The Pandemic Created New Hunters. States Need to Keep Them.

This year’s surge in hunting coincided with increased interest in many outdoor activities.

This year’s surge in hunting coincided with increased interest in many outdoor activities. Shutterstock

 

Connecting state and local government leaders

“If we let them go next year, they're not going to be coming back.”

This story originally appeared on Stateline.

Conservationists and wildlife officials have spent years trying to stave off the decline of hunting in America. In 2020, they finally saw a glimmer of hope.

“I've been working on this issue for 15 years,” said Matt Dunfee, the director of special programs at the Wildlife Management Institute, a national conservation nonprofit that focuses on restoring wildlife populations. “All I needed was a pandemic.”

For decades, the number of hunters—who are mostly older, white males—has steadily dwindled. That’s led to a loss of conservation funding at state wildlife agencies, which largely rely on license sales to support their budgets. But now, unexpectedly, officials in nearly every state are reporting a moderate-to-massive spike in hunting in 2020.

“I’d say that the pandemic definitely played a role in getting me out in the woods,” said Senna Redin, a Minnesota resident who harvested a deer this year after hunting for the first time in 2019.

Redin, 20, said he took up duck hunting this fall to fill the free time created by the pandemic, and he was also able to use some time to travel to his family’s old farm in Michigan to hunt deer. He is a college student, but his classes have moved online.

“I’m not super proud to admit that I spent more than a few mornings attending my 8 a.m. finance course from the duck blind clad in camo but hey, a guy’s gotta eat,” he said.

This year’s surge in hunting coincided with increased interest in many outdoor activities, as movie theaters, sporting events and other entertainment options shut down. Kayaks and bicycles flew off the shelves. Record numbers of hikers trekked through state parks.

But the thousands of new hunters came as a surprise. It’s not the sort of activity that’s easy to pick up on a whim.

“All of the stuff we usually worry about in getting people to try hunting, they figured out on their own,” Dunfee said. “That’s an indicator that the latent desire existed and it just needed a little something to accelerate what we were doing.”

Many states saw a dramatic rise in residents taking a hunter safety class for the first time. Some reported growth in young, female and first-time hunters—groups that hunting advocates have been trying to recruit for years, in hopes of slowing the demographic decline. Gun sales have also spiked dramatically this year, with industry leaders citing both the increase in hunting and concerns about social unrest.

Growing Numbers

Michigan saw a 67% hike in new hunting license buyers this year compared with 2019, a 15% increase in female hunters and moderate growth in many younger age brackets. The state also sold 46% more apprentice licenses, a discounted option that allows new hunters to give the sport a try under the supervision of a mentor.

“The groups that we've been wanting to get engaged with hunting for years and years are the groups we’re seeing now,” said Dustin Isenhoff, marketing specialist with the Michigan Department of Natural Resources. “We have over 100,000 new hunting customers this year. That's a big opportunity for us to work with those folks to keep them involved.”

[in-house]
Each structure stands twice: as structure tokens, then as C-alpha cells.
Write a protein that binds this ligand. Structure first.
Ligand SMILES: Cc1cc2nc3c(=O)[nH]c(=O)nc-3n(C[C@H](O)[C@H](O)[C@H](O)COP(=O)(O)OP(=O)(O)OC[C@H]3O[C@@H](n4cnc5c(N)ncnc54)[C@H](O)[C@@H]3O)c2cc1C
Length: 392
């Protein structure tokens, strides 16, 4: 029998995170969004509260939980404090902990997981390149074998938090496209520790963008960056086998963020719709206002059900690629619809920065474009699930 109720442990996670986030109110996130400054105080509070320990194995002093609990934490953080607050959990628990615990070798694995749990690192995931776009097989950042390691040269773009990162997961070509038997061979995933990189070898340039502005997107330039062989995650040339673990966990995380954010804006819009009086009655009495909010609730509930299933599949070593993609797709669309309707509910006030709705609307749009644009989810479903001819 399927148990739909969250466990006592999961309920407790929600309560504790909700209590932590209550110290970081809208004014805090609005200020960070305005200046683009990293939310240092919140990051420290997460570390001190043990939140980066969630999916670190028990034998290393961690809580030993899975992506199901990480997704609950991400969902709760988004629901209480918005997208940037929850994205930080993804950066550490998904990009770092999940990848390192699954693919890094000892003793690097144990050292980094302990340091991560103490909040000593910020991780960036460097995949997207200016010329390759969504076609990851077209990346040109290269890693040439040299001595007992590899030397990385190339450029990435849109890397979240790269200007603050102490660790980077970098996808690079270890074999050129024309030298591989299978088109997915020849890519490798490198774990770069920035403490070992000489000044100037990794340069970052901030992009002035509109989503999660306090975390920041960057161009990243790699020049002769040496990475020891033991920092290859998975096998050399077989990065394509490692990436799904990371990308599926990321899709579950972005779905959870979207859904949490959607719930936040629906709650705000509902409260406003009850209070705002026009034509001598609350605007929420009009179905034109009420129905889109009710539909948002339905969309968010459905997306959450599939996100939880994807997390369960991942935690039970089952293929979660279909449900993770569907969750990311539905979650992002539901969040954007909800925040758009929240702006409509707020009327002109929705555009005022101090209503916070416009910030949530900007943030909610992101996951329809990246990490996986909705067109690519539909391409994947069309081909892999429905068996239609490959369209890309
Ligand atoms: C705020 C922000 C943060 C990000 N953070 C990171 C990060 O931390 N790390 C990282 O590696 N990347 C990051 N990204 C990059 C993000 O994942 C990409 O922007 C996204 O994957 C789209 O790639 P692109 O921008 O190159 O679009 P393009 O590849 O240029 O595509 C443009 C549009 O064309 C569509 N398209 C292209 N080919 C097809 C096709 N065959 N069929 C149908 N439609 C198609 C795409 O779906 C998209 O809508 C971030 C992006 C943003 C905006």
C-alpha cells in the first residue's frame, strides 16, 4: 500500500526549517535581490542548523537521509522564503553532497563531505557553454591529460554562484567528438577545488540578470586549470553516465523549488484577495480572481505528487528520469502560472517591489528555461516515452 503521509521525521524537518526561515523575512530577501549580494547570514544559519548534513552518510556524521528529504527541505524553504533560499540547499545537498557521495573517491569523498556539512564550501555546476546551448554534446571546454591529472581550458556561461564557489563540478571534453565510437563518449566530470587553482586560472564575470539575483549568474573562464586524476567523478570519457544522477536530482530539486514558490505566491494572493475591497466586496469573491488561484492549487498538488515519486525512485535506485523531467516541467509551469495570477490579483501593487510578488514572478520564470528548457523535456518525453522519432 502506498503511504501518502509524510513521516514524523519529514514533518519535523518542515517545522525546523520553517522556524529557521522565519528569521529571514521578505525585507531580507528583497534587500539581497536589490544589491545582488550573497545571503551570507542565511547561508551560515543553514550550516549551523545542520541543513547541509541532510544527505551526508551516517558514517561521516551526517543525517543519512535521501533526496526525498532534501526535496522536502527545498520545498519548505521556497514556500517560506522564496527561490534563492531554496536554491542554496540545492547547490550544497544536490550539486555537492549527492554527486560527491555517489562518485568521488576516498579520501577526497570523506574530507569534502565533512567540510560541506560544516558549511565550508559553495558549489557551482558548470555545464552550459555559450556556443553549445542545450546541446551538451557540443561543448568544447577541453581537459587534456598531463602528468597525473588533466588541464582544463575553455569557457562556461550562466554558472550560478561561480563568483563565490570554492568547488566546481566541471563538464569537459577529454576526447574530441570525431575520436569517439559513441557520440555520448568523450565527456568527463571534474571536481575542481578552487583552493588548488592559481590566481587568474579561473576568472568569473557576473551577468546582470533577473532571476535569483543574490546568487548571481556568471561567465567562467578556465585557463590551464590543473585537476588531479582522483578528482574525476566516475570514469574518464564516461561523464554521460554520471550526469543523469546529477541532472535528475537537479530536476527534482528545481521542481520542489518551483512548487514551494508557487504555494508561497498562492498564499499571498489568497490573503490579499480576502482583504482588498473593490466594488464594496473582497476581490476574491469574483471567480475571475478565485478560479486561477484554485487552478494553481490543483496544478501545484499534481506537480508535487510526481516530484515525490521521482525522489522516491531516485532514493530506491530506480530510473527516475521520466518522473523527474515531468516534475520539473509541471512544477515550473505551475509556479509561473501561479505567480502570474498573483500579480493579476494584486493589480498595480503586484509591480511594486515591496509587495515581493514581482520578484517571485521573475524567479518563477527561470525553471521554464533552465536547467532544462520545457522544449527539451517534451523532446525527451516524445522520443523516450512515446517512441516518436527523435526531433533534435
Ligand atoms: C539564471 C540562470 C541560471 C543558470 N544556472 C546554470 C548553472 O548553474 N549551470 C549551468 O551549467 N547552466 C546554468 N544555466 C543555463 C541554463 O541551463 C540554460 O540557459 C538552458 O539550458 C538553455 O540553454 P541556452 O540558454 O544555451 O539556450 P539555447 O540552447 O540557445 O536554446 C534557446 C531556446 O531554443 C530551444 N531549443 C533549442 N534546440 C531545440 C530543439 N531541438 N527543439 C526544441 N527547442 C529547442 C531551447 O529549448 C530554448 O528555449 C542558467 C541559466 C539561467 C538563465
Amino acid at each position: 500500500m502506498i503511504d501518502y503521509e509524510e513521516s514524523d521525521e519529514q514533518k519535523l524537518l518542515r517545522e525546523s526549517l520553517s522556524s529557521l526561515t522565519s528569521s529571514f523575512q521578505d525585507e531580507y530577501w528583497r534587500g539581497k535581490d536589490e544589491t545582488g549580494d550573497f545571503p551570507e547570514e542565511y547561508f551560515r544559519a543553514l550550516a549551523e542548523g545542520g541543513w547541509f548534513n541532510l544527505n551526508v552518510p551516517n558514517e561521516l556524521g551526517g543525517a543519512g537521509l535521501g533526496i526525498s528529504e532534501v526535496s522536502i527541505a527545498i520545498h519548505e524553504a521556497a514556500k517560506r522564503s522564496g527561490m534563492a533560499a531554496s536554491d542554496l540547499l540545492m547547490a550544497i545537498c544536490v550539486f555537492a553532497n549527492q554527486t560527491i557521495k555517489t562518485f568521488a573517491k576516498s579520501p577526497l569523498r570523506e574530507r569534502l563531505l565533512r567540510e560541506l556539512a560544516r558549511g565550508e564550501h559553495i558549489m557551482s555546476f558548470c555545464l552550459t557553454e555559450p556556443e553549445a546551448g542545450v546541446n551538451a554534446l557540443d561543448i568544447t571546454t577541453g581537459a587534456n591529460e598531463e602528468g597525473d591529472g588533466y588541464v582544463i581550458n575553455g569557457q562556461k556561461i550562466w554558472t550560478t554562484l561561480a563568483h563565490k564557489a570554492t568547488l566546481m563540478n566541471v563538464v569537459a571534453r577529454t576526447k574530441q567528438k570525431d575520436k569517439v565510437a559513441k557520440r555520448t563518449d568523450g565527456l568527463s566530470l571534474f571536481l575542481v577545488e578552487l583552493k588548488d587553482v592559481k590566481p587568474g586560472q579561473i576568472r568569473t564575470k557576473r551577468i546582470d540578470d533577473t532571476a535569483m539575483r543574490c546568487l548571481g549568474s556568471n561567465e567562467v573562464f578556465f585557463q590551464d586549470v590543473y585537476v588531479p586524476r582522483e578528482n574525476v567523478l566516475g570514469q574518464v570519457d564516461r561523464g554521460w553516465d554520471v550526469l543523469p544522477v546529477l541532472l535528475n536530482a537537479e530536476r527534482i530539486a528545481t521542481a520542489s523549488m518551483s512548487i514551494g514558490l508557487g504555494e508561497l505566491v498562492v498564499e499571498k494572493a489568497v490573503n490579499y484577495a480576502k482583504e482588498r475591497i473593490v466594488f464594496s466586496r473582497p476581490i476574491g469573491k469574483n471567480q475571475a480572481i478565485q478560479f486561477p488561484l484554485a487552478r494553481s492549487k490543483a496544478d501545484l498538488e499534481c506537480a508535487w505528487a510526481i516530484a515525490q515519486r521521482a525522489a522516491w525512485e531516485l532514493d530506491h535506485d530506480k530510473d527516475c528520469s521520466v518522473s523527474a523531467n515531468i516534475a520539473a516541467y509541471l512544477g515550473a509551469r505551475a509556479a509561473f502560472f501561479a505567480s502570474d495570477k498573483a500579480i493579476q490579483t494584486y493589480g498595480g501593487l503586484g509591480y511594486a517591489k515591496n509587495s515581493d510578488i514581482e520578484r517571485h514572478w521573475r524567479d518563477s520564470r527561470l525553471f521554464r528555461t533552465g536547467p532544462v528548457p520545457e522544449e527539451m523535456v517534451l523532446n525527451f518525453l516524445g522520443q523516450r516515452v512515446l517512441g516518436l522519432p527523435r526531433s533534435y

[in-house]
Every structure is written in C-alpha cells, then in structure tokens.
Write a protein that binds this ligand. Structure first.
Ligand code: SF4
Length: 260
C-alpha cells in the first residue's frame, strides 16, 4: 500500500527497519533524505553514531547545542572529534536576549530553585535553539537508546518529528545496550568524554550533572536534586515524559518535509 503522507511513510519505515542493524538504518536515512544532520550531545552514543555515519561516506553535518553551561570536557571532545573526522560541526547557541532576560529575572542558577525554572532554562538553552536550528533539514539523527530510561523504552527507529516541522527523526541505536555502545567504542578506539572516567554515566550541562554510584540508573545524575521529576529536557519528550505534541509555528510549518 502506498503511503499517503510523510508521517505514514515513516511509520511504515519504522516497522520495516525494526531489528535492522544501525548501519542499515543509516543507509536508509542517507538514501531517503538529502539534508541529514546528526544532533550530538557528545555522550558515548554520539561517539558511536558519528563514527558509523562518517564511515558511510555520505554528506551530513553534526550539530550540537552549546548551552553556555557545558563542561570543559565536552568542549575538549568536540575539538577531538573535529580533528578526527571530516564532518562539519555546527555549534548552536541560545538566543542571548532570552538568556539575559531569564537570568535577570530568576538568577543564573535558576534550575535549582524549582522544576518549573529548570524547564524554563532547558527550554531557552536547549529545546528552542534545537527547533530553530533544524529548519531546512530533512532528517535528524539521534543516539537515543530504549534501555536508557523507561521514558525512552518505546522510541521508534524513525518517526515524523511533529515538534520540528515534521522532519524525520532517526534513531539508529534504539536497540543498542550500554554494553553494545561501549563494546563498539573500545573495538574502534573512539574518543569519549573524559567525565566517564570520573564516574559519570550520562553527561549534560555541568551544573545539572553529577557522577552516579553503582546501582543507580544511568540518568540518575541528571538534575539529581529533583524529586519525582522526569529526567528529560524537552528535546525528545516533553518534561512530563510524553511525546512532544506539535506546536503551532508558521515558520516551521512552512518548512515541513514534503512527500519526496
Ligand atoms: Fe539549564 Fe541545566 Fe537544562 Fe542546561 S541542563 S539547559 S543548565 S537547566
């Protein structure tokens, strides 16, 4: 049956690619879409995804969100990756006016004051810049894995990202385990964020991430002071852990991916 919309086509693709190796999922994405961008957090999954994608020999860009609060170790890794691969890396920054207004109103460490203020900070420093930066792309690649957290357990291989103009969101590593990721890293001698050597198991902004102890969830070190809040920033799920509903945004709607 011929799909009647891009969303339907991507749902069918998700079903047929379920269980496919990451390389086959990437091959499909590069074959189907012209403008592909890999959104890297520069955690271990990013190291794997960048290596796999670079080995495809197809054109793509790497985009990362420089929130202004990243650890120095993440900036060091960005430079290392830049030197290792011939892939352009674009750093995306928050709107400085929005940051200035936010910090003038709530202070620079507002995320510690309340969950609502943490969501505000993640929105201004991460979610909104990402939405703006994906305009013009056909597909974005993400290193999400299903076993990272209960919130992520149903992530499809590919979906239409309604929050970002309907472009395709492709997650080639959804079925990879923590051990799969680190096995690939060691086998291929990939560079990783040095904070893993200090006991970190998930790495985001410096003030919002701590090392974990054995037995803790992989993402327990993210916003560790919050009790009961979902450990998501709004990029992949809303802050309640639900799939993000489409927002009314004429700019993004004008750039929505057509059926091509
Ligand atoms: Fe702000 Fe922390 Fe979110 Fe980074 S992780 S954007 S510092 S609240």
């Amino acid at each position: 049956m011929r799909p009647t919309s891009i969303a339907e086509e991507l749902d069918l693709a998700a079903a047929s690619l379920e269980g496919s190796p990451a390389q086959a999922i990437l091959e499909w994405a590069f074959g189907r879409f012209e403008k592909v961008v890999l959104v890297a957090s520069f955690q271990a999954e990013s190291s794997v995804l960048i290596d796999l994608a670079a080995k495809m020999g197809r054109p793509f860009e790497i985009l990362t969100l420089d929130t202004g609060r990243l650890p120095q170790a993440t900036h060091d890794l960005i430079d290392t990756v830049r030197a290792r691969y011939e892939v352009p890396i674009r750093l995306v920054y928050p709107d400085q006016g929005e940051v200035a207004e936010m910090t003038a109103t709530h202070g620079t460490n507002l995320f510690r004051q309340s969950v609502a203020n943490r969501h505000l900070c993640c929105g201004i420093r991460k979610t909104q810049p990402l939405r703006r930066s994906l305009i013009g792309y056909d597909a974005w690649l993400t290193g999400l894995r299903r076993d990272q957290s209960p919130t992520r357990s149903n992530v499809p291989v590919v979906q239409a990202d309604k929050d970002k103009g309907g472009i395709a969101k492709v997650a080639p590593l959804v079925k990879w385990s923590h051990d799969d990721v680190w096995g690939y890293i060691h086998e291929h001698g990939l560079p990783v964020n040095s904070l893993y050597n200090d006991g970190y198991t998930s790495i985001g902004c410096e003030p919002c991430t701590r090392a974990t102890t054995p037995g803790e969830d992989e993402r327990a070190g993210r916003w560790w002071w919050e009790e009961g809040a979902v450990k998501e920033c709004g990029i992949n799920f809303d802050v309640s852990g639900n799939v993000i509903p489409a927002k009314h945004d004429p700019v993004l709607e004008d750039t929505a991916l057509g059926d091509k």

While many states don’t yet have complete data for this year, early reports are encouraging. Nevada saw a 30% jump in hunting licenses and put 50% more people through its hunter safety class. Maine sold a record number of deer permits, amid a 9% rise in hunting—with young adult hunters and women making up its fastest-growing groups.

Washington graduated more than twice as many residents from its hunter safety program than it did last year, while hunting license sales were up 8% compared to the same period in 2019. Idaho sold 28% more hunting and fishing licenses to first-time buyers. Texas offers a “Super Combo” license that includes hunting and fishing, which sold at a 7% higher clip than the previous hunting season.

The disruption in supply chains during the pandemic has made people more aware of food security issues, amid a growing interest in local food sourcing. Some people dealing with financial hardship may be hunting for subsistence. Despite the increased turnout, fewer hunters have donated surplus meat to food banks than in previous years.

Due to the pandemic, nearly every state offered hunter safety courses online, waiving the in-person skills assessments and training sessions that are usually mandatory.

Officials said many first-time hunters were likely aided by the convenience of taking training courses at home on their own time. While many states plan to return to in-person instruction next year, they noted that there are no indications the online-only learning has led to more accidents in the field.

“COVID-19 has shown us that there are more people aside from that traditional hunter who want to get involved,” said Ashley Sanchez, a public information officer with the Nevada Department of Wildlife. 

In recent years, wildlife officials have focused on recruiting non-traditional hunters—urbanites, women and foodies. Some have bought into the message of conservation or the promise of ethically sourced protein. But advocates want to do more to make hunting accessible and culturally relevant to broader populations.